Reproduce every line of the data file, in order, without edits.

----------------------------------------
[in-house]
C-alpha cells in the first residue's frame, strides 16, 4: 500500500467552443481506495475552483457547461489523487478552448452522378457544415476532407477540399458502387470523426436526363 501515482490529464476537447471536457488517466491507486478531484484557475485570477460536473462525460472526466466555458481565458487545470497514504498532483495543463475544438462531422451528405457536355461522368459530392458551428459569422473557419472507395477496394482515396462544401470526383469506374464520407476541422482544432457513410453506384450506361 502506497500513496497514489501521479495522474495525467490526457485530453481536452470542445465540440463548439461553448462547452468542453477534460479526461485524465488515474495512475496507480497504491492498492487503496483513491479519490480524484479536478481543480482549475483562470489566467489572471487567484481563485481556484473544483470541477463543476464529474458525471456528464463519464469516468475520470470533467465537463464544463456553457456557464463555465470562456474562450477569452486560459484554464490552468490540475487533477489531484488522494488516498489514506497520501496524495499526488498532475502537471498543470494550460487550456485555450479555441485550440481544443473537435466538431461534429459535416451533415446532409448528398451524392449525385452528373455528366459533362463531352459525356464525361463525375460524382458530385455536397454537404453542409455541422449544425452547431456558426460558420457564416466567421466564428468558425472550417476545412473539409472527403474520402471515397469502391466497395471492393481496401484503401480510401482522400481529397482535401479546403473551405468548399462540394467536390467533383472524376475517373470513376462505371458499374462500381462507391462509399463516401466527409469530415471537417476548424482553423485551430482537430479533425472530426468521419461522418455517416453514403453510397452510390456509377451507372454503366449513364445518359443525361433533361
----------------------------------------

[in-house]
C-alpha cells in the first residue's frame, strides 16, 4: 500500500467552443481506495475552483457547461489523487478552448452522378457544415476532407477540399458502387470523426436526363 501515482490529464476537447471536457488517466491507486478531484484557475485570477460536473462525460472526466466555458481565458487545470497514504498532483495543463475544438462531422451528405457536355461522368459530392458551428459569422473557419472507395477496394482515396462544401470526383469506374464520407476541422482544432457513410453506384450506361 502506497500513496497514489501521479495522474495525467490526457485530453481536452470542445465540440463548439461553448462547452468542453477534460479526461485524465488515474495512475496507480497504491492498492487503496483513491479519490480524484479536478481543480482549475483562470489566467489572471487567484481563485481556484473544483470541477463543476464529474458525471456528464463519464469516468475520470470533467465537463464544463456553457456557464463555465470562456474562450477569452486560459484554464490552468490540475487533477489531484488522494488516498489514506497520501496524495499526488498532475502537471498543470494550460487550456485555450479555441485550440481544443473537435466538431461534429459535416451533415446532409448528398451524392449525385452528373455528366459533362463531352459525356464525361463525375460524382458530385455536397454537404453542409455541422449544425452547431456558426460558420457564416466567421466564428468558425472550417476545412473539409472527403474520402471515397469502391466497395471492393481496401484503401480510401482522400481529397482535401479546403473551405468548399462540394467536390467533383472524376475517373470513376462505371458499374462500381462507391462509399463516401466527409469530415471537417476548424482553423485551430482537430479533425472530426468521419461522418455517416453514403453510397452510390456509377451507372454503366449513364445518359443525361433533361